• Supervising and/or leading crews on the fire line, fire suppression and prevention, operating and maintaining small motorized equipment, operating light or heavy trucks (e.g. 1-ton 4x4, 240 gal., 2-3 person fire engine).
    • Marking and measuring timber, cutting brush on survey lines, leading small crews to maintain roads and recreation facilities, and operating and maintaining small hand and power tools.
  • Current Red Card rating of Firefighter Type 2 (FFT2).

  • Current Red Card rating of Engine Boss.
  • Strong leadership skills.

Supplemental Information

ENGINE LEADER salary range is: $3,071 - $3,556 per month or $17.65 - $20.44 per hour, maximum salary, depending on time spent in the position.

  • Overtime is paid at the rate of time and one-half in excess of 40 hours worked.
  • For all hours worked under the Incident Command System, two dollars ($2.00) is added to an employee's regular hourly rate of pay.
  • Typical work is an 8-hour day, five days a week. Positions may require response during off-duty hours for emergency fire suppression needs.
  • Returning agency employees may be eligible for health and dental coverage.
For applicants meeting position qualifications and who may be considered for an interview, you will be required to provide a current Employment/Commercial driving record issued from every state you possessed a driver's license in during the last three years. Details on how to obtain this record from Washington State can be found on the Department of Licensing website at:  You will have two weeks (14 days) from the request date to provide the driving records. If you do not provide a copy of all driving records for the last three years within that two week period, your application will not be considered.  You may attach a current, 3 year (3 years from date of submission of the application, may not be an older copy) driving abstract to this application.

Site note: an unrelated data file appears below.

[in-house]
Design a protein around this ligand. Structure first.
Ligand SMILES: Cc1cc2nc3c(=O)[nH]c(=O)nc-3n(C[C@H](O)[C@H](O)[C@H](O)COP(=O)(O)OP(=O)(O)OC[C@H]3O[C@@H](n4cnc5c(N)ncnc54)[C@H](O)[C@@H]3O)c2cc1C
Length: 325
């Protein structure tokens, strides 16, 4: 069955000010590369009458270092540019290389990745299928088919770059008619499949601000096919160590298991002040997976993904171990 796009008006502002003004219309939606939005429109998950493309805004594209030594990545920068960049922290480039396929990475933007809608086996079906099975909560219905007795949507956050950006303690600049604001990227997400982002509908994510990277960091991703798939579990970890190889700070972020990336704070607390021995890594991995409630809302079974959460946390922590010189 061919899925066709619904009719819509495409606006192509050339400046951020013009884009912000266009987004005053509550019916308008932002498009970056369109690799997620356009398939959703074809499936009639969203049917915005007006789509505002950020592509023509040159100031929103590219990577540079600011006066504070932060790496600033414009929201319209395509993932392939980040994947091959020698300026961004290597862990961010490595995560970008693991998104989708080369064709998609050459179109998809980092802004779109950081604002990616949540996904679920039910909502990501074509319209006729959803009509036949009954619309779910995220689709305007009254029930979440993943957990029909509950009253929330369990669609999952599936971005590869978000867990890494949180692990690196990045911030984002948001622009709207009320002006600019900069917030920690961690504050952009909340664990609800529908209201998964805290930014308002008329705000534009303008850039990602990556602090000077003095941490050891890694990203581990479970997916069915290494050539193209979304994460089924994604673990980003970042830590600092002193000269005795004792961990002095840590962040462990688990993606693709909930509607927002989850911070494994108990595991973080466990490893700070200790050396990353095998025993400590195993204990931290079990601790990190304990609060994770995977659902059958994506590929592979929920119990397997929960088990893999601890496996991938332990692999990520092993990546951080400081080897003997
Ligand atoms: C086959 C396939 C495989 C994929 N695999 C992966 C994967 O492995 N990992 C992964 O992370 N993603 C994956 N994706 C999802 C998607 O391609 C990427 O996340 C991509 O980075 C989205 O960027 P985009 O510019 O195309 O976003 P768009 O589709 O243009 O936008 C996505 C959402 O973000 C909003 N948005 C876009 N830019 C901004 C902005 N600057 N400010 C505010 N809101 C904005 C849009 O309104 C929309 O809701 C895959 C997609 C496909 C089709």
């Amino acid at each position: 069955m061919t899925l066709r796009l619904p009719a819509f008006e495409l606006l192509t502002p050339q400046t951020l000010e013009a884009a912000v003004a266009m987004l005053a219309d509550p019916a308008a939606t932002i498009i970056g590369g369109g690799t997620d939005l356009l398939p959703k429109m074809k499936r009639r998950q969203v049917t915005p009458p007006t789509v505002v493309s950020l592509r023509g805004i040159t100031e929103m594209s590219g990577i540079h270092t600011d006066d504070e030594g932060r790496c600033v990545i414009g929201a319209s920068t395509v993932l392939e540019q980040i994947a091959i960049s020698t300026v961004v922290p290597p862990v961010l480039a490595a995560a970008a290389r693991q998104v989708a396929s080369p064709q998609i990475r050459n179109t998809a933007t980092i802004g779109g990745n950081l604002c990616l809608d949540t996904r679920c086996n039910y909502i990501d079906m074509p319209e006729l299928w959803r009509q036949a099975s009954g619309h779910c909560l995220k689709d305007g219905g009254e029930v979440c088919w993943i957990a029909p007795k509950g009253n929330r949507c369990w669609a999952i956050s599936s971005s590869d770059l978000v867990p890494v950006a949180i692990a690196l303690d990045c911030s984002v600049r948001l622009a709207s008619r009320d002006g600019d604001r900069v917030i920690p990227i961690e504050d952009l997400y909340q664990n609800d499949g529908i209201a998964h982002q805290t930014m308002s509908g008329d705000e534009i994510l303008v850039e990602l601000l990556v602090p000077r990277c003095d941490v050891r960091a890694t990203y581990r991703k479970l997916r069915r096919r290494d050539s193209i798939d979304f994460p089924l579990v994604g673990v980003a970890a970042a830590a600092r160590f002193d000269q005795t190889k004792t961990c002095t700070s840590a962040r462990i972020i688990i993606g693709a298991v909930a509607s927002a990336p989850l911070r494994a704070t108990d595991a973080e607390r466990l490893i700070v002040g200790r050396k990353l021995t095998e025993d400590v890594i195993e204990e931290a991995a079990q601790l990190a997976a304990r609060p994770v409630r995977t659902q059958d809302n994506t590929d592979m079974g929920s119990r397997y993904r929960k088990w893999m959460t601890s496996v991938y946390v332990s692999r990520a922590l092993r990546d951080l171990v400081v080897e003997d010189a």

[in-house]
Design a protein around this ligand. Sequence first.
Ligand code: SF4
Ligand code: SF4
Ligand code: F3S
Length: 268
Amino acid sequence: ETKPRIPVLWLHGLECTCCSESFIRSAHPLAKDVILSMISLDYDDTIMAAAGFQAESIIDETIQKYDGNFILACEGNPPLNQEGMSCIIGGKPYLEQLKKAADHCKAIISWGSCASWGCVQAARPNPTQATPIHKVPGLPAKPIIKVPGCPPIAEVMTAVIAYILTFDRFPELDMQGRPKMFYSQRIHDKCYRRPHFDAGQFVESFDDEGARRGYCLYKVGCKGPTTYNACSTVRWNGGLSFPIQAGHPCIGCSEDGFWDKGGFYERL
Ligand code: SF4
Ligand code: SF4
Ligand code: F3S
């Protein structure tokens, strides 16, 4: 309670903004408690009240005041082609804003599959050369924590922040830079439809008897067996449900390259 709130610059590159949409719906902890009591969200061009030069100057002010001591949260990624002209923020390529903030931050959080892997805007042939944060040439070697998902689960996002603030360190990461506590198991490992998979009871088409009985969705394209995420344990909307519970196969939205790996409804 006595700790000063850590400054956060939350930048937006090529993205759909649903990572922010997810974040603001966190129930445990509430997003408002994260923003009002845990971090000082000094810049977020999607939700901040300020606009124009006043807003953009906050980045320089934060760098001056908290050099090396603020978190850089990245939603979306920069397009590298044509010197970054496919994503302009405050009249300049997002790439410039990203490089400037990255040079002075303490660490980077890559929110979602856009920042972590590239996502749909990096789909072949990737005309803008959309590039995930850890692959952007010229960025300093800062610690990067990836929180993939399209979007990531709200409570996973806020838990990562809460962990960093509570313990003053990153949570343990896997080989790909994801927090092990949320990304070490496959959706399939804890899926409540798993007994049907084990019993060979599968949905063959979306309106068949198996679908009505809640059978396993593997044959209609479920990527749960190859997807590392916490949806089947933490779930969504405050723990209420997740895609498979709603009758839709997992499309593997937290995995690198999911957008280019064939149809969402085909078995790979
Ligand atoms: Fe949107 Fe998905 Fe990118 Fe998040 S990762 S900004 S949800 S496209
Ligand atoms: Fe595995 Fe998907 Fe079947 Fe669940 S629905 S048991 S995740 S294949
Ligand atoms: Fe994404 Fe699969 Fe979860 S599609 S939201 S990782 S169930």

• A copy of your driver's license
  • Certificate of course completion for IS-700 and ICS-100. General information about these courses is included in this announcement.
  • Completed Waiver and Release Form.